What Motivates Chinese President Xi Jinping's Anti-Corruption Drive? : Parallels The push has led to the investigation and punishment of hundreds of thousands of officials — but observers disagree about his intentions. Is the aim to remove rivals or something else?

What Motivates Chinese President Xi Jinping's Anti-Corruption Drive?

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ROBERT SIEGEL, HOST:

In China today a political victory for President Xi Jinping. The Communist Party Congress, the gathering of China's political elite, voted to enshrine Xi's name and ideas in the party Constitution. So the words Xi Jinping Thought on Socialism with Chinese Characteristics in a New Era (ph) will sit in the Constitution alongside Mao Zedong Thought and Deng Xiaoping Theory. To understand Xi's ideas, we're going to start with a look at the core of his legacy so far - an anti-corruption campaign. NPR's Rob Schmitz reports.

ROB SCHMITZ, BYLINE: It was August 2012. China's 18th Party Congress was weeks away, an event where a politician named Xi Jinping would be anointed China's next leader. Suddenly Xi went missing for three weeks. To this day, nobody outside key members of China's top leadership knows why.

ARTHUR KROEBER: There is a fairly common speculation.

SCHMITZ: Arthur Kroeber is managing director of Gavekal Dragonomics. 2012, says Kroeber, was a tumultuous year for China's Communist Party. A top politician named Bo Xilai was under investigation after his wife was convicted of murdering a foreigner. And corruption within party ranks was spiraling out of control.

KROEBER: One popular story is that Xi went to the party elders and said, look. We've got a serious problem here. This requires, you know, very serious measures to rein in corruption and impose more discipline. And I'll do that, but you need to give me carte blanche to do what I want.

SCHMITZ: And the story goes if party elders weren't prepared to give Xi these powers he wasn't interested in the job. This, of course, is a rumor. But if true, it would help explain how a relatively unknown bureaucrat became one of the world's strongest leaders.

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PRESIDENT XI JINPING: (Foreign language spoken).

SCHMITZ: In the months before taking office, Xi Jinping delivered a speech announcing the campaign he would use to consolidate power, a sweeping crusade against corruption, which had become prevalent on every level of society after decades of double-digit growth. According to Professor Willy Wo-Lap Lam, it was now or never.

WILLY WO-LAP LAM: There is a good possibility, in fact, that if high-level corruption continues, the people will rise up and overthrow the party.

SCHMITZ: Lam says Xi has used his anti-corruption campaign to eliminate key members of rival factions within China's Communist Party - the Shanghai faction, led by former leader Jiang Zemin, and the Youth League faction, led by former leader Hu Jintao.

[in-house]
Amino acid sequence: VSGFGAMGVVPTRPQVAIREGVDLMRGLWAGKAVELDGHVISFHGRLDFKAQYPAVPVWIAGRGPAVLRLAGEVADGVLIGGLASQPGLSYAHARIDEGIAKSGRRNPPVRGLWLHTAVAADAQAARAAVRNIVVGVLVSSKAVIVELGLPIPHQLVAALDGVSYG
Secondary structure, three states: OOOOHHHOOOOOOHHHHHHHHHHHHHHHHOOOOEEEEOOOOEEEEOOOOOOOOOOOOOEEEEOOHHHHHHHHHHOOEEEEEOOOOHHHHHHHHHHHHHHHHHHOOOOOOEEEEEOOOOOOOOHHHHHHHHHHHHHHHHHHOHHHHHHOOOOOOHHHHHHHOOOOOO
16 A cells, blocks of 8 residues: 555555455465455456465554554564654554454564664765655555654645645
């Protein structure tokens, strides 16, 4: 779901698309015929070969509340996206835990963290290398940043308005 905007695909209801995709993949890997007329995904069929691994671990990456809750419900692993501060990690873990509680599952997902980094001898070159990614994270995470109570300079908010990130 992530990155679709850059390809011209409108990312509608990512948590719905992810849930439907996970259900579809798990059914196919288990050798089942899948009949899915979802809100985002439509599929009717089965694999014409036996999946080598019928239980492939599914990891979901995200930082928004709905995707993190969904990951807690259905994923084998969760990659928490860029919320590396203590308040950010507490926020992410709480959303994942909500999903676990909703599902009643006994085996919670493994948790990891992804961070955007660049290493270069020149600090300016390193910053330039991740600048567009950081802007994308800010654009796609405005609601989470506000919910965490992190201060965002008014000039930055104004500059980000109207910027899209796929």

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XI: (Foreign language spoken).

SCHMITZ: At the opening session of the 19th Party Congress, Xi announced a new era for China. It was a way of distinguishing his policies from his predecessors'. Lam says Xi has started his own faction and become the strongest Chinese leader since Mao by wielding the anti-corruption campaign as a Machiavellian tool to eliminate potential rivals.

KROEBER: I think the evidence that we have is that that is not his aim.

SCHMITZ: Again, Arthur Kroeber. He points to how far-reaching Xi's campaign has been. Hundreds of thousands of officials have been investigated.

KROEBER: His aim is much broader, that he wants to create a system that will survive after him and that, in that sense, he is a kind of member of this Chinese elite that has a sense of mission about the country as a whole.

SCHMITZ: Peter Corne, a managing partner at Dorsey & Whitney, has practiced law in China for more than two decades. He says if Xi's using the campaign to remove political rivals, then it's only a small part of what has become a far-reaching reform of how China's governed.

PETER CORNE: The fact that all government officials are so aware of this and so careful now means that it's become the new normality. It's just changed the way people think and the way people do things. And I think that's going to sustain.

SCHMITZ: Corne says for years, he's felt that practicing law in China was promoting an illusion. He says now it's a little more meaningful. Rob Schmitz, NPR News, Shanghai.

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